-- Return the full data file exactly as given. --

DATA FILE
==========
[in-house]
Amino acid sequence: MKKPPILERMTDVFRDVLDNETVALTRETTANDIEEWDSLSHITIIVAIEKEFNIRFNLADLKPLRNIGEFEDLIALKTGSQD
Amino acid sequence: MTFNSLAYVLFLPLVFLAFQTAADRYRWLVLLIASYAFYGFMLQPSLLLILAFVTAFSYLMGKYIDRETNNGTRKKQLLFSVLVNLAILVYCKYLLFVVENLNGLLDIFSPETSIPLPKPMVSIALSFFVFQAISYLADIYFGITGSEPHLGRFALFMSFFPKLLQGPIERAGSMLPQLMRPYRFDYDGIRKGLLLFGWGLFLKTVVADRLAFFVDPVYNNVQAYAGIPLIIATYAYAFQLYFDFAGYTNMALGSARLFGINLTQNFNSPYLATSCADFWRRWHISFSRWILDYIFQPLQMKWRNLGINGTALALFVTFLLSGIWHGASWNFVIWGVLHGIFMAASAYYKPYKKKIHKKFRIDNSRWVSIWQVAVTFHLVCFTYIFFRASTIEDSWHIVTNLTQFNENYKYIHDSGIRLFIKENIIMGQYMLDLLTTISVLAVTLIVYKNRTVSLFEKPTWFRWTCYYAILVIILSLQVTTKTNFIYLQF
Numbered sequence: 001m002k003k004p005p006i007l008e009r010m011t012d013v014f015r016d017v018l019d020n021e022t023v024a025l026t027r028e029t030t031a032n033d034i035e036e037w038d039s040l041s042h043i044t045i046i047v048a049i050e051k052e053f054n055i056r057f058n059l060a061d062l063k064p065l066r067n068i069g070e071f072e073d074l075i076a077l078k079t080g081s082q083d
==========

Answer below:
[in-house]
Amino acid sequence: MKKPPILERMTDVFRDVLDNETVALTRETTANDIEEWDSLSHITIIVAIEKEFNIRFNLADLKPLRNIGEFEDLIALKTGSQD
Amino acid sequence: MTFNSLAYVLFLPLVFLAFQTAADRYRWLVLLIASYAFYGFMLQPSLLLILAFVTAFSYLMGKYIDRETNNGTRKKQLLFSVLVNLAILVYCKYLLFVVENLNGLLDIFSPETSIPLPKPMVSIALSFFVFQAISYLADIYFGITGSEPHLGRFALFMSFFPKLLQGPIERAGSMLPQLMRPYRFDYDGIRKGLLLFGWGLFLKTVVADRLAFFVDPVYNNVQAYAGIPLIIATYAYAFQLYFDFAGYTNMALGSARLFGINLTQNFNSPYLATSCADFWRRWHISFSRWILDYIFQPLQMKWRNLGINGTALALFVTFLLSGIWHGASWNFVIWGVLHGIFMAASAYYKPYKKKIHKKFRIDNSRWVSIWQVAVTFHLVCFTYIFFRASTIEDSWHIVTNLTQFNENYKYIHDSGIRLFIKENIIMGQYMLDLLTTISVLAVTLIVYKNRTVSLFEKPTWFRWTCYYAILVIILSLQVTTKTNFIYLQF
Numbered sequence: 001m002k003k004p005p006i007l008e009r010m011t012d013v014f015r016d017v018l019d020n021e022t023v024a025l026t027r028e029t030t031a032n033d034i035e036e037w038d039s040l041s042h043i044t045i046i047v048a049i050e051k052e053f054n055i056r057f058n059l060a061d062l063k064p065l066r067n068i069g070e071f072e073d074l075i076a077l078k079t080g081s082q083d